On Saturday I decided to head to my favorite spot on Lake Erie. Things started out quickly, but instead of carp, it was a 2 pound channel catfish. I barely had a chance to sit down in my chair after casting before the alarms were ringing with the alert. It didn't take long to figure it out - Mr. Whiskers was hungry. The familiar thump-thump-thump as I retrieved the line gave it away.
Those who regularly fish for carp know that carp are more likely to 1) bolt away-from-the-bank and keep on going, 2) swim straight-at-the-bank with hopes of finding shallow water and rid themselves of the hook, or 3) swim sideways with the same goal.
Likewise I can usually tell the size of the fish with general accuracy based on the speed that the carp takes the bait. A blazing run usually indicates a small, but scrappy fish; while a slow-roller or intermittent speed that rises and falls usually indicates a bigger fish or sometimes a small-mouth buffalo depending on the venue. (Catfish will also sometimes take the slow-roller approach, but in the places I fish I catch more catfish than carp 99% of the time.)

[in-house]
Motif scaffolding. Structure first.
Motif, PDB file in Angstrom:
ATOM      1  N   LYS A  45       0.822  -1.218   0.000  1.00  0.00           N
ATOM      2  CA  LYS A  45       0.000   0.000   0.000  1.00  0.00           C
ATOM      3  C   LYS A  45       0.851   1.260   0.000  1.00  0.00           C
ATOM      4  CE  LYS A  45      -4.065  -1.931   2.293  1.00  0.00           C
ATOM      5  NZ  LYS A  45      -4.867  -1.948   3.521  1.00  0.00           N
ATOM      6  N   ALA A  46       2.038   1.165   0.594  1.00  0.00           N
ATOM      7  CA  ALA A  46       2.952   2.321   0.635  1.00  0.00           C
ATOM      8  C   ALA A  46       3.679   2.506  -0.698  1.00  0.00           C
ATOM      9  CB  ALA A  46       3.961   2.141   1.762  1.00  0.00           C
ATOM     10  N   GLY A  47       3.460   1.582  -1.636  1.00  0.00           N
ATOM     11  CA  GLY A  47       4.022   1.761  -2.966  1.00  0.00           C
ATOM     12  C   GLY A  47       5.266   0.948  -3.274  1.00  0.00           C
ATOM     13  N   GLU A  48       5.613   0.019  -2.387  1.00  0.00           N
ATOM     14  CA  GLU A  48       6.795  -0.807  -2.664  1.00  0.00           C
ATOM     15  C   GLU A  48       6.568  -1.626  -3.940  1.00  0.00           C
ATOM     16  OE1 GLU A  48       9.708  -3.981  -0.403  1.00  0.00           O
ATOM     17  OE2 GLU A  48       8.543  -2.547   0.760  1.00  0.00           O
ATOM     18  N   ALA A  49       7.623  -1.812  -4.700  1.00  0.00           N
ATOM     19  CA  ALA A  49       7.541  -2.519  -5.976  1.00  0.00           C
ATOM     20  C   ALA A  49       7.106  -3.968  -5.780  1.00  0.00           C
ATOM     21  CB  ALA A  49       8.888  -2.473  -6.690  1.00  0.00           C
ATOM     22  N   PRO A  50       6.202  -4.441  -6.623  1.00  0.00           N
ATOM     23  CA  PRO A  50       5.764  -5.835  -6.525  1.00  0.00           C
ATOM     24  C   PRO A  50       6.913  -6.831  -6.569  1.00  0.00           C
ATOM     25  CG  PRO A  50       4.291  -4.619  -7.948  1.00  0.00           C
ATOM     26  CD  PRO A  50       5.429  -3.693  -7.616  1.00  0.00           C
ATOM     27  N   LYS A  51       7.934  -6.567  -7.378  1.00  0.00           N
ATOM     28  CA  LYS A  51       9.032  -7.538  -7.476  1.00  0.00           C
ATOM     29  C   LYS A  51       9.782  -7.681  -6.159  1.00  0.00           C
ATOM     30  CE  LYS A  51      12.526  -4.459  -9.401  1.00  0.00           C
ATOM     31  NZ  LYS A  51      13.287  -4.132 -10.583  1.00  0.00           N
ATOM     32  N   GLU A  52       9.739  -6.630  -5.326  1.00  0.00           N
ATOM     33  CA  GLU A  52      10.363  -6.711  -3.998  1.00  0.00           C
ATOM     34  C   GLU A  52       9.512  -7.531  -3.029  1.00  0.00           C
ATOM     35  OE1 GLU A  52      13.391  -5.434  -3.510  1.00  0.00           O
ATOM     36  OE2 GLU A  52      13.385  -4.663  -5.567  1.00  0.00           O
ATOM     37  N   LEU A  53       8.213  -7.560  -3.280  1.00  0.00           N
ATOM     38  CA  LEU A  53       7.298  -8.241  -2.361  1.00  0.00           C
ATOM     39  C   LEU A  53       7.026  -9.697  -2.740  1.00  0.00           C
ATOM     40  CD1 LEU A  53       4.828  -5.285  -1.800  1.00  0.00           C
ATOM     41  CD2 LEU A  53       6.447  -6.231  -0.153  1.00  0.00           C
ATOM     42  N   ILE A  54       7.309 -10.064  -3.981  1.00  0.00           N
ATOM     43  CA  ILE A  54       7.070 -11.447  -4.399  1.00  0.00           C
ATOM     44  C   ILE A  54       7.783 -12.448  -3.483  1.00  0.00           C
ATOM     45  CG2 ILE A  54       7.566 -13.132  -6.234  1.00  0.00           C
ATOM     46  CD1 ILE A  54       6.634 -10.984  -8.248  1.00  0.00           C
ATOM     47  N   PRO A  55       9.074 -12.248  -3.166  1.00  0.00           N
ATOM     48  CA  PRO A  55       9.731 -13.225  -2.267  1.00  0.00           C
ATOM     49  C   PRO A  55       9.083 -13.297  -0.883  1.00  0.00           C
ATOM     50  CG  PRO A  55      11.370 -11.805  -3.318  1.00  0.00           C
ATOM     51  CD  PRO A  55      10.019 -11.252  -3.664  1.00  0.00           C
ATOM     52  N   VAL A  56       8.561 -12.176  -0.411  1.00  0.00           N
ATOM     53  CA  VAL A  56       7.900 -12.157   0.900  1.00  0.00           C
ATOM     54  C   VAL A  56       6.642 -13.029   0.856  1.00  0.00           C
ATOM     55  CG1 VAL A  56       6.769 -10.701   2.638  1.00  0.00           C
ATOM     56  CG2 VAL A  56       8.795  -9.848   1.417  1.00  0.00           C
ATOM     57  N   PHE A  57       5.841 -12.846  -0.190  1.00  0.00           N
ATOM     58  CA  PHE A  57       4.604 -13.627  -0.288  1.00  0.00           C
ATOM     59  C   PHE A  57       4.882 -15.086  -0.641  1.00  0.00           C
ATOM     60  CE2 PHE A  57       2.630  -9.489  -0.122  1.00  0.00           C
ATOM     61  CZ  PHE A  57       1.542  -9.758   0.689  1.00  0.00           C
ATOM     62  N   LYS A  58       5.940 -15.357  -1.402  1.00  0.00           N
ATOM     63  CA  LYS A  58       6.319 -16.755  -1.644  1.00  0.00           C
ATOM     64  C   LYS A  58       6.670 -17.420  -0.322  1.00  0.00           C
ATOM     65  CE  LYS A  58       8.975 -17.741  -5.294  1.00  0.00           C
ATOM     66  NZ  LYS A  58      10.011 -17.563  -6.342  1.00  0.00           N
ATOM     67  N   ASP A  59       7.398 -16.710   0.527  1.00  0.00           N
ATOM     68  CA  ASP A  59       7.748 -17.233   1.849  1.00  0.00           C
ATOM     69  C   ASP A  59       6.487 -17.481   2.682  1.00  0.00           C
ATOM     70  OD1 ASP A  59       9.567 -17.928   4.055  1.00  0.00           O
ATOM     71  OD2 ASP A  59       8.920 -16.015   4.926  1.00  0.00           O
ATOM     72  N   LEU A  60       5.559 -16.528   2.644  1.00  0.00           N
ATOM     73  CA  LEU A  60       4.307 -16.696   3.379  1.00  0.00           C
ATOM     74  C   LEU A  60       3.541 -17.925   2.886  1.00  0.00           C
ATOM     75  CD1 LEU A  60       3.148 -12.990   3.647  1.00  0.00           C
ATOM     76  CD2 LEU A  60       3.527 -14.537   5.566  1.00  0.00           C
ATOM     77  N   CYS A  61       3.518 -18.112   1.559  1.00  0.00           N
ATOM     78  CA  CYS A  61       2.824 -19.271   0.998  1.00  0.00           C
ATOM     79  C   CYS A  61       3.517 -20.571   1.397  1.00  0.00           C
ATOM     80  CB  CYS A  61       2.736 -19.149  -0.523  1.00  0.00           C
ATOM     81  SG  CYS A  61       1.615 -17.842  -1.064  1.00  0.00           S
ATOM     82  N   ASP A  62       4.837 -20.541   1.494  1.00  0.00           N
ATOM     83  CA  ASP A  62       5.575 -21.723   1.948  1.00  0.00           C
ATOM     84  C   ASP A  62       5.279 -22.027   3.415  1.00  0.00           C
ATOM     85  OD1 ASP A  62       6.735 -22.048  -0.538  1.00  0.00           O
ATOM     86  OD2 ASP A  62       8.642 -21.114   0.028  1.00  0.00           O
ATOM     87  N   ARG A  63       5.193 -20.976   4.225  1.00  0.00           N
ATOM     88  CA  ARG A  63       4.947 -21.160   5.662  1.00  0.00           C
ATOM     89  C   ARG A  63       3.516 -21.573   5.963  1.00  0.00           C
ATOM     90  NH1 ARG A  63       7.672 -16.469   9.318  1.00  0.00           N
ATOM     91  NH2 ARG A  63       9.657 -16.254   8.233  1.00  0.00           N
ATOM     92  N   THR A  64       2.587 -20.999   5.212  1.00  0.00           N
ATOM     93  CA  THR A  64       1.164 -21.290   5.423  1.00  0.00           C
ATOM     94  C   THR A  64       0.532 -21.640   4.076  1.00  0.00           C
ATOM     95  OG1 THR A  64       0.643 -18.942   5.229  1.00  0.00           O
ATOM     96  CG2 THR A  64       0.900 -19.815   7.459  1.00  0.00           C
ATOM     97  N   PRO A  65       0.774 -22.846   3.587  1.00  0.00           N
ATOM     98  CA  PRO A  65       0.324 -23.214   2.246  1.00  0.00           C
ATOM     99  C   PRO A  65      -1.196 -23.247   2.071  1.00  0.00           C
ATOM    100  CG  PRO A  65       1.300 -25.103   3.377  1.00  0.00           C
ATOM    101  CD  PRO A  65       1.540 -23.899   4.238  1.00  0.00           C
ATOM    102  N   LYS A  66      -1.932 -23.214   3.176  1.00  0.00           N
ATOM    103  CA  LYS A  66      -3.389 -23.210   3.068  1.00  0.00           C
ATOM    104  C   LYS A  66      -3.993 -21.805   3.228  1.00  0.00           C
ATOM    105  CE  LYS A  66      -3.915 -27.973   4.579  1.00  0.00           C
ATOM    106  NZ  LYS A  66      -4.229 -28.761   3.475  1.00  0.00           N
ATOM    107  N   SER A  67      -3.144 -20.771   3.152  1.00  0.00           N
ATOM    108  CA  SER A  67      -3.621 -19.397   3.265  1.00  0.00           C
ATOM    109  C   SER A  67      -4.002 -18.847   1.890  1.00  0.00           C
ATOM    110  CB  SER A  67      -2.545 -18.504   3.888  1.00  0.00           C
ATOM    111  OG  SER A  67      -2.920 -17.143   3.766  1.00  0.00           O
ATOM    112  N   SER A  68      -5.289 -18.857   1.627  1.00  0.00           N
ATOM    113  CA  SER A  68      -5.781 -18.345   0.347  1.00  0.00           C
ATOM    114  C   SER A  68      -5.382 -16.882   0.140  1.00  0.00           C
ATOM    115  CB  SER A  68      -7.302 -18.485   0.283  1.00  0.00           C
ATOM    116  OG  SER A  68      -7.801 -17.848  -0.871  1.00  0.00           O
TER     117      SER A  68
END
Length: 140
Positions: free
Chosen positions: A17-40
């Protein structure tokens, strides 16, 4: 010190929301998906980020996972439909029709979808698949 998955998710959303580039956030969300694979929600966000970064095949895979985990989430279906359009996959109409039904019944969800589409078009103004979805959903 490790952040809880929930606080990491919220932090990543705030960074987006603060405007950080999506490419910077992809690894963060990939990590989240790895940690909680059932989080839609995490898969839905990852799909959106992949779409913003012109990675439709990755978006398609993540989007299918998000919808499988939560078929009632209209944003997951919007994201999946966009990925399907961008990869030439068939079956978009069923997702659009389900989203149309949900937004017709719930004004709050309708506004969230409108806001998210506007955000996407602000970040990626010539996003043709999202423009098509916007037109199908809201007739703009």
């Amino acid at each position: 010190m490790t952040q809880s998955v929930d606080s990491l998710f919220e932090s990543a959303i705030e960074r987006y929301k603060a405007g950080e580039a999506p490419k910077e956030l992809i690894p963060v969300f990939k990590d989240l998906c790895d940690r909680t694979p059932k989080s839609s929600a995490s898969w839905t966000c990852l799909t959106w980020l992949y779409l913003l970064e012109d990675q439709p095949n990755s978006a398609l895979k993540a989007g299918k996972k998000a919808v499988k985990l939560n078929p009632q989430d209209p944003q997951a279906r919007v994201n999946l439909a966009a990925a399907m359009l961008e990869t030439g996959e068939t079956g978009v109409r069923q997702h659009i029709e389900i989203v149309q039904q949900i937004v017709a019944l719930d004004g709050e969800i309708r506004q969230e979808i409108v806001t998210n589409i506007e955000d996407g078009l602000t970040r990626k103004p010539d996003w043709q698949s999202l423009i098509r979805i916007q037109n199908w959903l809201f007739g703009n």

Lucky for me I had a slow-roller, a fast-and-furious and a couple of straight-at-the-bank fish during the session.
Here are some pictures:
|This is the typical size we've been catching this year|
|This 22 pound 6 ounce fish is my biggest carp since May 2017.|
|The shadow on this fish is not an indication of a two-tone color, but is a shadow from the person taking |
the picture as the sun was behind the cameraman.
|A quality fish|
|Safe return for someone else to catch in the future after the fish packs on a few more pounds.|